WASHINGTON (AP) - Officials say the Smithsonian's National Zoo panda cam and all other live animal cameras will go dark in the event of a government shutdown. The zoo will be closed to visitors as well.
The zoo tweeted Monday that "None of our live animal cams will be broadcast." Officials say this includes the panda cam, which has been popular since the birth of a cub on Aug. 23.
The zoo tweeted: "The cams (incl. the panda cams) require federal resources, especially staff, to run. They have not been deemed essential ..."
On its website, the zoo said all programming and events will be cancelled, and all vehicle, pedestrian and bicycle paths will be closed.
Officials said a shutdown would not affect the feeding and care of the animals.
NEW ORLEANS (AP) — BP's 86-day struggle to stop the flow of oil gushing from its blown-out well in the Gulf of Mexico will be the focus of a trial scheduled to resume Monday in federal court.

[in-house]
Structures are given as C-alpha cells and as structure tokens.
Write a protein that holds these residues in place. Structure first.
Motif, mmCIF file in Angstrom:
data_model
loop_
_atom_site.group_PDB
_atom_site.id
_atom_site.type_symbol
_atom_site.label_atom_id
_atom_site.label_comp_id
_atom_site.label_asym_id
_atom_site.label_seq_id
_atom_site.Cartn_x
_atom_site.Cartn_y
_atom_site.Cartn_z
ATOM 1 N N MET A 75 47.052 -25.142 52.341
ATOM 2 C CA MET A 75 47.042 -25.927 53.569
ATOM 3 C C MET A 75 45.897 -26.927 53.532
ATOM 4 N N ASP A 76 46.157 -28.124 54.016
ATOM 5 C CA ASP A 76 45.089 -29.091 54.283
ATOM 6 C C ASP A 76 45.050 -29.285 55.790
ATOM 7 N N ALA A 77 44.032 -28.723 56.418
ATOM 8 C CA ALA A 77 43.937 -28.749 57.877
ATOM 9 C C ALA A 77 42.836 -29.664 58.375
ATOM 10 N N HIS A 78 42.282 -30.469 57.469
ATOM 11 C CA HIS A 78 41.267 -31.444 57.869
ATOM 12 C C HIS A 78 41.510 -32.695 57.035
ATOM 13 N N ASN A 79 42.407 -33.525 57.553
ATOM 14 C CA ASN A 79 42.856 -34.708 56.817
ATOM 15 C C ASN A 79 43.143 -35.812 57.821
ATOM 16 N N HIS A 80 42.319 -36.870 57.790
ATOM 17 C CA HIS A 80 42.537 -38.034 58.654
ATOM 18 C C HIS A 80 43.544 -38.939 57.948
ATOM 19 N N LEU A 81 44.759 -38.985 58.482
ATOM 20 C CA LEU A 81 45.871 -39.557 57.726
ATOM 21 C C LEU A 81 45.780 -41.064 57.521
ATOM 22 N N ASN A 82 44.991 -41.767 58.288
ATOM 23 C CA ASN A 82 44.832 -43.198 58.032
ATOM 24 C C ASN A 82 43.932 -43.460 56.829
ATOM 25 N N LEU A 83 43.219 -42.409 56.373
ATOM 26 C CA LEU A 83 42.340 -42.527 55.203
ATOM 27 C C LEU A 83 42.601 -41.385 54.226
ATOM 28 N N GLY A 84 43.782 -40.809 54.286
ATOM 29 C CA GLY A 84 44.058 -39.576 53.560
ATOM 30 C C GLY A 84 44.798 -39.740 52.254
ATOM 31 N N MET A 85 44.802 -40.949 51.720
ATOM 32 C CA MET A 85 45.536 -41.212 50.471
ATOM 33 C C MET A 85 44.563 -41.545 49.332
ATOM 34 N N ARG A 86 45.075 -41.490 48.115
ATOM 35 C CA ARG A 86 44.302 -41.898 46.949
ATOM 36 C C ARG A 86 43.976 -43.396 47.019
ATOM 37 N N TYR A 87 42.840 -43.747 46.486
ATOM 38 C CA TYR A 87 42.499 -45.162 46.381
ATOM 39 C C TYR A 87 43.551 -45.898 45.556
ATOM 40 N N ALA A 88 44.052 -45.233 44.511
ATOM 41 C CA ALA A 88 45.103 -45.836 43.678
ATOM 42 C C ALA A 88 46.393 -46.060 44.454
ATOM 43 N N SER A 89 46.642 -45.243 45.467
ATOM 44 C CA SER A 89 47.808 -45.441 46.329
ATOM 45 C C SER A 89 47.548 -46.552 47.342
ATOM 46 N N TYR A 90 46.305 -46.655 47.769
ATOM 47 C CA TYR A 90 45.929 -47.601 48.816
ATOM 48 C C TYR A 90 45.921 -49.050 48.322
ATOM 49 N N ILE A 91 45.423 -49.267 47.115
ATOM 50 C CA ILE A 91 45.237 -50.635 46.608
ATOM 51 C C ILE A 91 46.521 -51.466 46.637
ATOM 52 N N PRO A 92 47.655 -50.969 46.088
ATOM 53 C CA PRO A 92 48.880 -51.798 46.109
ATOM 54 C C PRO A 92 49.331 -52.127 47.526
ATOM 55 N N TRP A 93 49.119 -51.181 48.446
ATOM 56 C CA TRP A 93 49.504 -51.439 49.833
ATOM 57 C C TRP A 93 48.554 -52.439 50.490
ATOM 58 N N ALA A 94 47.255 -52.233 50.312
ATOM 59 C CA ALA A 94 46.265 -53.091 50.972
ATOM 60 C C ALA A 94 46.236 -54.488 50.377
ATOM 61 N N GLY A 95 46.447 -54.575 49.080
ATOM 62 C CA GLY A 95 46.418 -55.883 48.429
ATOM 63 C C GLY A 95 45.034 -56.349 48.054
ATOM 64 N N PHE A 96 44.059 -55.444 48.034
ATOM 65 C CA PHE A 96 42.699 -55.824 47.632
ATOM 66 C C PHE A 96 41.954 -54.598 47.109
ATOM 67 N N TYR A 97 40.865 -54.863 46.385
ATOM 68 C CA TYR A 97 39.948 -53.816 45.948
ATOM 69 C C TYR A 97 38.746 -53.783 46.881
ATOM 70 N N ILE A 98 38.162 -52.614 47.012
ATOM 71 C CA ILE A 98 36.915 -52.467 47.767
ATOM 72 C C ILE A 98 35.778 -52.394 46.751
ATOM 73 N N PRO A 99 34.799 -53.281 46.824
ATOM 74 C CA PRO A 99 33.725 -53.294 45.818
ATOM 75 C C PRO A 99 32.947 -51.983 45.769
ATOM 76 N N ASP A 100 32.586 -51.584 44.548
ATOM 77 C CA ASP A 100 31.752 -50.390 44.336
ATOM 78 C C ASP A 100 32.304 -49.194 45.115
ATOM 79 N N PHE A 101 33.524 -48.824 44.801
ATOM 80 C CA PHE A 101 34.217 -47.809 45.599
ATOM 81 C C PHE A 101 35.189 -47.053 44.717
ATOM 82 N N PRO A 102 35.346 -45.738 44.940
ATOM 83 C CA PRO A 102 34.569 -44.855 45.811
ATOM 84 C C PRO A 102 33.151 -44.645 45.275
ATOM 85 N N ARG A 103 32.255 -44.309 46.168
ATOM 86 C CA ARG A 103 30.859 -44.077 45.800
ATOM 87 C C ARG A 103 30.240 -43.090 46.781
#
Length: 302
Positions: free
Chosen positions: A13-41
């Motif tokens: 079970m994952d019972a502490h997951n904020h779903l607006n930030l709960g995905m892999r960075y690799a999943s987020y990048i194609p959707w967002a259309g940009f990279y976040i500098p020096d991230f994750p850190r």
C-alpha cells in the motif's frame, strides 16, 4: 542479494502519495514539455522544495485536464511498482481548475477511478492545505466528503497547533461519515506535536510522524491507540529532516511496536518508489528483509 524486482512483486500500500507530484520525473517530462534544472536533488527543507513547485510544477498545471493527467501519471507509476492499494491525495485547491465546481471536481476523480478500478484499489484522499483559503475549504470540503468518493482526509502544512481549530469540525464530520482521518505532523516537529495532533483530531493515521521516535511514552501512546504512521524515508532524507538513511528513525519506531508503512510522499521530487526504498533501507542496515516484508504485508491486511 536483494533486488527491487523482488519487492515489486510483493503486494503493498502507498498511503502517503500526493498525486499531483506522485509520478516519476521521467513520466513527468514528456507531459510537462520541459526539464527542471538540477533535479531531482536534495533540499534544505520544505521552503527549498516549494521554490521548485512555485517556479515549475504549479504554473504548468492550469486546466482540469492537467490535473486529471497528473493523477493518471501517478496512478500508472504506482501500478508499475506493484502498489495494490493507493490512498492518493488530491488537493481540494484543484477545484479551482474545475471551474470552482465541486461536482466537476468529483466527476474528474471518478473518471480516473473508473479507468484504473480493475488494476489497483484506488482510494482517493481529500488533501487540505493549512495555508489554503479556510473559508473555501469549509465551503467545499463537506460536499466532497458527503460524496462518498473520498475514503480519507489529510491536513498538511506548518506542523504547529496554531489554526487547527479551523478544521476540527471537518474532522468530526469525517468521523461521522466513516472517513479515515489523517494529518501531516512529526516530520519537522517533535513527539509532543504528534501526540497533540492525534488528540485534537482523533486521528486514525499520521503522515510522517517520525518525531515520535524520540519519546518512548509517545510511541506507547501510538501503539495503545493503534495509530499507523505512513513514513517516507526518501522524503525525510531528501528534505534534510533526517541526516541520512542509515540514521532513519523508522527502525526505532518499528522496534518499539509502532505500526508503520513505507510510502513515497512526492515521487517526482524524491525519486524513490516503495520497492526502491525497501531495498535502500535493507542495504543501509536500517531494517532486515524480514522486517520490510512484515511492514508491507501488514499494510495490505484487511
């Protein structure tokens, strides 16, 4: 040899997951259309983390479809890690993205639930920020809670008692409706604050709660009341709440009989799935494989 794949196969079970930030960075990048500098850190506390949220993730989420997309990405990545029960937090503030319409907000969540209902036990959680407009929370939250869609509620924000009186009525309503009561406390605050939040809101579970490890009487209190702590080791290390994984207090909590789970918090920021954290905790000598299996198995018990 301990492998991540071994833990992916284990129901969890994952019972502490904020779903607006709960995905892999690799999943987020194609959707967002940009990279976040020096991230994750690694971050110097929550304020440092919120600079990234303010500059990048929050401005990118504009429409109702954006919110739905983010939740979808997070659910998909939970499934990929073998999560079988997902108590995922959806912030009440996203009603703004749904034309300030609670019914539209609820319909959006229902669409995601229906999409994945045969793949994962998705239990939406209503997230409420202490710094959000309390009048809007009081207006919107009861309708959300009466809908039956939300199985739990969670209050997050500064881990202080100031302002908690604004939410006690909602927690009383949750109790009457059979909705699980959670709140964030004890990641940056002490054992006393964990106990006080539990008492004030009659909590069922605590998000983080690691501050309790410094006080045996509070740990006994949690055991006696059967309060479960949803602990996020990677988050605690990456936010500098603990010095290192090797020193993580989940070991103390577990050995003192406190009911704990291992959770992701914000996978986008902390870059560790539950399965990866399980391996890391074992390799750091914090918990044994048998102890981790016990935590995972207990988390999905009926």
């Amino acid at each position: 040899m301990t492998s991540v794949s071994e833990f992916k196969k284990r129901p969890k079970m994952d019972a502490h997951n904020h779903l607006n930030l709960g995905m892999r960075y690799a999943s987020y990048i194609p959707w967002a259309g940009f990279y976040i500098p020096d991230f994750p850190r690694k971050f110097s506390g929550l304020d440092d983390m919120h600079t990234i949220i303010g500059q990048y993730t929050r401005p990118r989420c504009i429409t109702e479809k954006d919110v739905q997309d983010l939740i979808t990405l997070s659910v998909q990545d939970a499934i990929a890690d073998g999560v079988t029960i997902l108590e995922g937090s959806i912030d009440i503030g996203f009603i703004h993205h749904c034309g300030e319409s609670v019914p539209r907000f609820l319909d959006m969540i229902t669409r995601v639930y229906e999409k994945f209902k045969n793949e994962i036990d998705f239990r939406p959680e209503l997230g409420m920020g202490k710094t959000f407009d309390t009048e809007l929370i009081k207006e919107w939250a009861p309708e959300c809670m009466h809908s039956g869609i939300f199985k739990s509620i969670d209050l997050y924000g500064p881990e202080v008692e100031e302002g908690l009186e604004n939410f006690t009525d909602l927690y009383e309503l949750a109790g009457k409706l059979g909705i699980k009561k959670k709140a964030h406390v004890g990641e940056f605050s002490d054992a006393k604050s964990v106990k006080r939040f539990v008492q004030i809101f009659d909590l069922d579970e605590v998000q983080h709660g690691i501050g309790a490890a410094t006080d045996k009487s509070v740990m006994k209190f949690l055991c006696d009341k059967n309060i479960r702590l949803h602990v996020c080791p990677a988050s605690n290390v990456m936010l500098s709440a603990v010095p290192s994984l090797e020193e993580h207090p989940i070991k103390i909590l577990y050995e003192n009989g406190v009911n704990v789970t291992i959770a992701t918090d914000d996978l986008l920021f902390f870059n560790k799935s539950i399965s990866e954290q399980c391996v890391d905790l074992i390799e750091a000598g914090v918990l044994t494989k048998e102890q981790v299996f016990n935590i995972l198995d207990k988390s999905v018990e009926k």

BP insists it was prepared to respond to the deadly disaster, but plaintiffs' attorneys will argue that the company could have capped the well much sooner if it hadn't ignored decades of warnings about the risks of a deep-water blowout.
U.S. District Judge Carl Barbier has set aside 16 days for the second phase of the trial, which also will feature experts' dueling testimony about the amount of oil that spilled into the Gulf.
The trial's first phase ended in April after the judge heard eight weeks of testimony about the causes of the blowout.
ATLANTA (AP) — Homeless veterans and other chronically homeless people are being helped by the hundreds in Atlanta, a city that for years has struggled to keep people off the streets.
The city is well on its way to meeting its goal of finding homes for 800 people this year, with already more than 700 in homes.
Jake Maguire, communications director for the 100,000 Homes Campaign, says Atlanta is a true turnaround story that has made a great deal of progress in a short time frame. The campaign is a national group working to find permanent homes for 100,000 of the nation's most vulnerable homeless.
Veterans are getting help from the U.S. Department of Veterans Affairs, too. Nationally, the VA is increasingly viewing homelessness as a permanent problem — not a temporary one.